If your organization is invited to submit a full proposal, you will be asked to prepare a project narrative using the subheads below. In some instances, this information will elaborate on wording in the LOI. Please format your Word document using Times New Roman, 12 point font, single spaced. When possible, please use bullet points to break up complex program descriptions.
- Describe your program in detail.
- Include clearly stated goals and objectives.
- Include a project activities timeline.
- If your program involves a partner or partners, describe why you have chosen them.
- Describe your organization's background, history and mission.
- Include the overall goals of the organization.
- List current programs and activities, emphasizing major achievements of the past two years.
- Include a needs statement describing the issue and who the program will serve.
- Describe how your strategy compares with or differs from others in the field.
- Describe how the proposed project will address the identified need.
- What research supports your idea?
- Describe how your project addresses one of the Journalism Program's three grantmaking initiatives (Content, Audience or Rights).
- Impact & Measurement
- Describe your plans for assessing the results and impact of the project. For example, how will your organization track, measure, and monitor progress toward meeting outputs, outcomes, and key milestones during and at the end of the grant period?
- How do you plan to share with others the obstacles you’ve met along the way, the failures encountered, or the best practices and lessons learned from carrying out this initiative?
- Detail how your organization will recognize the McCormick Foundation as a funder of your project or activity.
- Project Budget
- Please download and use the attached budgeting form to show your budget for the program for which you're requesting funding.
If you are proposing a multiple-year grant, you must provide a projected budget for each requested funding year.
- Describe any unusual or specific circumstances about the funding request and provide an explanation.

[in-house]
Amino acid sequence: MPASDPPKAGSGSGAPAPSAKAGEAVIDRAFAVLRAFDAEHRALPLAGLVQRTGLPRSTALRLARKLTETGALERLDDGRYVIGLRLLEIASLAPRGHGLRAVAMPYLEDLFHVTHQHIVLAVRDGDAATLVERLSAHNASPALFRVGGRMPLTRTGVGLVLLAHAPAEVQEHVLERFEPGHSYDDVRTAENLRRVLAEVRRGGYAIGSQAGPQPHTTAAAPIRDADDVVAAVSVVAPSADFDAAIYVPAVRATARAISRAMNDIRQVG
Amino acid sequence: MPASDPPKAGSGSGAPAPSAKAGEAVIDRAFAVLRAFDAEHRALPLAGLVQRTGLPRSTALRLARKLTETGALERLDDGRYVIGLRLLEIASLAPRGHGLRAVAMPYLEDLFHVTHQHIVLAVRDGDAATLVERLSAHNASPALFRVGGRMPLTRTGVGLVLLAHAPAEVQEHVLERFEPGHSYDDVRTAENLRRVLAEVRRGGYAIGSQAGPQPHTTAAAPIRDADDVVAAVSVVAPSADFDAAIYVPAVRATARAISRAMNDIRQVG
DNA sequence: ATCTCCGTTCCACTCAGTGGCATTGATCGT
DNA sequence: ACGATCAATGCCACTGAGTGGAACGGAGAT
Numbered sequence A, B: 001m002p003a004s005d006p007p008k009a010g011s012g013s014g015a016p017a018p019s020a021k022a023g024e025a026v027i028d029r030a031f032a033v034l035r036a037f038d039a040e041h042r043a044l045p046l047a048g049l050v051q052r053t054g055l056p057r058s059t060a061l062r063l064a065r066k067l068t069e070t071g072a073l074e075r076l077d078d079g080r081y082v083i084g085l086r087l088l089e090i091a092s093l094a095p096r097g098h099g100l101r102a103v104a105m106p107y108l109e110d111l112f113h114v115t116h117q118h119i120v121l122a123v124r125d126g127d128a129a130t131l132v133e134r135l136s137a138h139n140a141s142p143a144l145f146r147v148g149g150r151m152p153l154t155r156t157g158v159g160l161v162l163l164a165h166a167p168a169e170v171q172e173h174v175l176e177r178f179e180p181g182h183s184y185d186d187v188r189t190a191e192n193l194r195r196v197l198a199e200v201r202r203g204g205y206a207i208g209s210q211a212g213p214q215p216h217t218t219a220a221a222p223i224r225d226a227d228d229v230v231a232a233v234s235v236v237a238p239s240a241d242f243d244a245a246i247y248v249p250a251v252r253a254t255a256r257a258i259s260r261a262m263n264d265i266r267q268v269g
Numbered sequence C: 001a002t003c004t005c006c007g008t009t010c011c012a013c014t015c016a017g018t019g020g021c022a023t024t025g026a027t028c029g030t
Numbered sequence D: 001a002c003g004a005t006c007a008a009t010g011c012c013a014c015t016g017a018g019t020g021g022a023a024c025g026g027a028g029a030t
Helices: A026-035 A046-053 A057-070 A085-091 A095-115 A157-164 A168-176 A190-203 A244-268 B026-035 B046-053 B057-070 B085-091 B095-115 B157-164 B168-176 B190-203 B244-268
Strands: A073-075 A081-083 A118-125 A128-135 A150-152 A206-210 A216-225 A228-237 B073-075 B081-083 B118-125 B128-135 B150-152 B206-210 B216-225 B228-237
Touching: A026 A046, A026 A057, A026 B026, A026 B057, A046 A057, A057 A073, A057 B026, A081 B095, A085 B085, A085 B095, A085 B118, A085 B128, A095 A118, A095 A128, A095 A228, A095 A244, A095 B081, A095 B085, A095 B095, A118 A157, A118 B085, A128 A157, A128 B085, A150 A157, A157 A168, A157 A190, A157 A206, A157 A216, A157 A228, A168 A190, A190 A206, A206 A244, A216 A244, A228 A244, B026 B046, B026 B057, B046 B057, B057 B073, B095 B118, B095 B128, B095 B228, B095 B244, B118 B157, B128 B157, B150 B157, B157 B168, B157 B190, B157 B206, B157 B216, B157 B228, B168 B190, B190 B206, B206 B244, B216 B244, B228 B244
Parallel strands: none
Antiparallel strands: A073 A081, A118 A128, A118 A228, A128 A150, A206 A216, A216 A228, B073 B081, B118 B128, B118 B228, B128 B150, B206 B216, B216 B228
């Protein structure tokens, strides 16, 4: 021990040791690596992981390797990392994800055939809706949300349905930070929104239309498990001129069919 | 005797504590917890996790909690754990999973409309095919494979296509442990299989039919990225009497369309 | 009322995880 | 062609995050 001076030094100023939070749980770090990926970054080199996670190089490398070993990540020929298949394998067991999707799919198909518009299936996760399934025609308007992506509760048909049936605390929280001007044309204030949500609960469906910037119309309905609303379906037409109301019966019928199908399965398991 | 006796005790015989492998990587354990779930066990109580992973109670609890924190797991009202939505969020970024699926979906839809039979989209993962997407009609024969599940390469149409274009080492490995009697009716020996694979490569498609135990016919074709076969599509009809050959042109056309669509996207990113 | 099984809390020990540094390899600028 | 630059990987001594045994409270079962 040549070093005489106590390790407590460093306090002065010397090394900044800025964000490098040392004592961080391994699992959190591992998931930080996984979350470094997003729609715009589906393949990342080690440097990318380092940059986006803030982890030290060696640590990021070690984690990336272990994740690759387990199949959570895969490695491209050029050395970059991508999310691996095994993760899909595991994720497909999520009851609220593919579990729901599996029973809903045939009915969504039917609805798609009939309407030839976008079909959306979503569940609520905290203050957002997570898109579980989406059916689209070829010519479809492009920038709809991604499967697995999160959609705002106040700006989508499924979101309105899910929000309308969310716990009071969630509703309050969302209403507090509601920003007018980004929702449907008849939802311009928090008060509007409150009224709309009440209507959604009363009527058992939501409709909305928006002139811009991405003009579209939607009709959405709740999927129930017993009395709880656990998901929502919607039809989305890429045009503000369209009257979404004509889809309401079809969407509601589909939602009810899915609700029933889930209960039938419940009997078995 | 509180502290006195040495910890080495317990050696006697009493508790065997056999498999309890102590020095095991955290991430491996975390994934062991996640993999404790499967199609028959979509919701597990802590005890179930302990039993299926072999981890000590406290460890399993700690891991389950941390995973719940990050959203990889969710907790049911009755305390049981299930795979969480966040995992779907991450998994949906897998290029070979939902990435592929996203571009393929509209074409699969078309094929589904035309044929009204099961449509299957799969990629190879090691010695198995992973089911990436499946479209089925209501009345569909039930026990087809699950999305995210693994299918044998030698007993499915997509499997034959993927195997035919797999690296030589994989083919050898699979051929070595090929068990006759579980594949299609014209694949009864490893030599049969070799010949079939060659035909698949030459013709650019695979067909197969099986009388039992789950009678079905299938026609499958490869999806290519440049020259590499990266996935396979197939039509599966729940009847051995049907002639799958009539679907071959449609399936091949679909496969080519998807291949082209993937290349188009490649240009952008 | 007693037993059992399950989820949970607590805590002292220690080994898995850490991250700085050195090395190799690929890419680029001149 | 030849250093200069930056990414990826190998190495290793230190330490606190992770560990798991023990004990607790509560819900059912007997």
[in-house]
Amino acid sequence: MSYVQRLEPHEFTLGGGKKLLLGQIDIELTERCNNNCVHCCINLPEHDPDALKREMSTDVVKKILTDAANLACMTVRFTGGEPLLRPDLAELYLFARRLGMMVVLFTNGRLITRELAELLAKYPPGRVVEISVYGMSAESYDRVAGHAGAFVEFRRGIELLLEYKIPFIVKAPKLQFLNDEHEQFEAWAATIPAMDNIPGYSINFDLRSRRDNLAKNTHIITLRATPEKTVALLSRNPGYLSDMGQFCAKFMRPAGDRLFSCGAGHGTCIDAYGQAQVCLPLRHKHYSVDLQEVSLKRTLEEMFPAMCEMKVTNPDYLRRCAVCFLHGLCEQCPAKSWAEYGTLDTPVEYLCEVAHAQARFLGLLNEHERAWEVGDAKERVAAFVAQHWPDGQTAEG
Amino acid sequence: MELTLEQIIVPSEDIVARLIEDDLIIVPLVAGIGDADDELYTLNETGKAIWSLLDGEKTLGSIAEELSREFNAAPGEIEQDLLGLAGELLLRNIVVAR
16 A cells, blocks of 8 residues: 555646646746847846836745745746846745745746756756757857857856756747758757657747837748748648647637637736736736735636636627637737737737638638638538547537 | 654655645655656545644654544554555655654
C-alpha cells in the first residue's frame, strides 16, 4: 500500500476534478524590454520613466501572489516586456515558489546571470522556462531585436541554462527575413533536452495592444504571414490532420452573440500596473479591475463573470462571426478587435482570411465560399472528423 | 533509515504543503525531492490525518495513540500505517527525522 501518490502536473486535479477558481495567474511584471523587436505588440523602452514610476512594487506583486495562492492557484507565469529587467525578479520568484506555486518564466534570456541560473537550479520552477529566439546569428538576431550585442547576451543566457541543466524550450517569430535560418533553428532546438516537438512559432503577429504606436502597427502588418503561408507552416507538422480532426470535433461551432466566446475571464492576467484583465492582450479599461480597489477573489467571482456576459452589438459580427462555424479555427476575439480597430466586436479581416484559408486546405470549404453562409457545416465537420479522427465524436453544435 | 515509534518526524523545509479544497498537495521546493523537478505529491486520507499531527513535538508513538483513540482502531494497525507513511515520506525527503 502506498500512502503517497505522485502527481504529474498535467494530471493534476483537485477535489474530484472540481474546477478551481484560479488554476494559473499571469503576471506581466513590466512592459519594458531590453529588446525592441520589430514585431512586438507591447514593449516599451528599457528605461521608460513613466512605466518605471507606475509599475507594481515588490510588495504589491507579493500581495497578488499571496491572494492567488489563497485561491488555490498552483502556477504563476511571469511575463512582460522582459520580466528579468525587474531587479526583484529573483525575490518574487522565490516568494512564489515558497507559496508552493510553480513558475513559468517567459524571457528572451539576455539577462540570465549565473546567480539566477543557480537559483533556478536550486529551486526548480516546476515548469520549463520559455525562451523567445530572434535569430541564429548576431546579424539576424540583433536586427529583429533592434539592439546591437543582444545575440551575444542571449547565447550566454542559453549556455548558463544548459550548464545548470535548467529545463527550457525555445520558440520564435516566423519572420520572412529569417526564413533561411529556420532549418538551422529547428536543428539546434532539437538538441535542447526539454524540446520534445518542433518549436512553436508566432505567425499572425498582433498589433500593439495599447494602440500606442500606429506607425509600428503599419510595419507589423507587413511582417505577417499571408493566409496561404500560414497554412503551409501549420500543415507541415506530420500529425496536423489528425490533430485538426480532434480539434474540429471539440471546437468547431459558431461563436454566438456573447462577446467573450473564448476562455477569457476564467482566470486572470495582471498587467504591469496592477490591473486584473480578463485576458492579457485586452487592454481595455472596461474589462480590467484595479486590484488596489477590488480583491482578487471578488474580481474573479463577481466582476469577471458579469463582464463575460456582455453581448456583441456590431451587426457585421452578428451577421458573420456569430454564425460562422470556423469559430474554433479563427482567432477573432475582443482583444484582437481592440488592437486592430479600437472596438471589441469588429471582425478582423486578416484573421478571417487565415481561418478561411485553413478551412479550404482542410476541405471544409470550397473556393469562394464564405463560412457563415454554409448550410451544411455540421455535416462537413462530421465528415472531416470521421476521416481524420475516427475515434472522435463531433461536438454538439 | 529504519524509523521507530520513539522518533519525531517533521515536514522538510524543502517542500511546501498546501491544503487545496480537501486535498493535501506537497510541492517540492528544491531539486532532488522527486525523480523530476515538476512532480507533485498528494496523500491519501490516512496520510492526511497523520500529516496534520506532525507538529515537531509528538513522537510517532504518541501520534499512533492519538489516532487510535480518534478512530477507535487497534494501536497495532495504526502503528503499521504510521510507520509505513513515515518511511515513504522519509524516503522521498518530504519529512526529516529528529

- Describe why the proposed budget is realistic and reasonable in relation to the specific grant results you have identified.
- What is your sustainability strategy?
- Organizational Budget
- Provide an operating budget for your organization that includes income and expense projections pertaining to the fiscal year in which the project will take place. Feel free to submit in a format that is convenient for you—there is no required form or worksheet.
- List your top five funders and amount of support for fiscal year 2010.This list should include the name of the corporation/foundation/individual, amount, and purpose of the donations.
- Board of Directors
- Provide the most recent list of your Board of Directors.
- Please list their name and job title on the first line, and the principal business or professional affiliation on the second.
Please provide this in Word Document format.
- Other Required Attachments
- Most recent audited financial report.
- Tax exempt certificate. This signed form certifies the organization's current tax-exempt status.
Please download this form to sign.
- IRS tax determination letter / 501(c)(3). We require a copy of the most recent tax determination letter issued to your organization (or your fiscal agent) by the IRS. It should include your federal tax identification number and the date your organization (or fiscal agent) was awarded tax-exempt status. (If this information is not printed on the letter, it should be written in manually at the top or bottom.) This is NOT the state tax exemption certification. We will need all applicable components for the registered 501(c)(3) organization by June 30, 2011. In some instances, where fiscal agents or universities are involved, the intended grantee is not the same as the entity carrying out the proposed initiative. In such cases the foundation needs all the applicable documents for both organizations (i.e. the university’s fundraising foundation and the center/organization applying for funding).
Please contact Aaron Smith (email@example.com) with questions.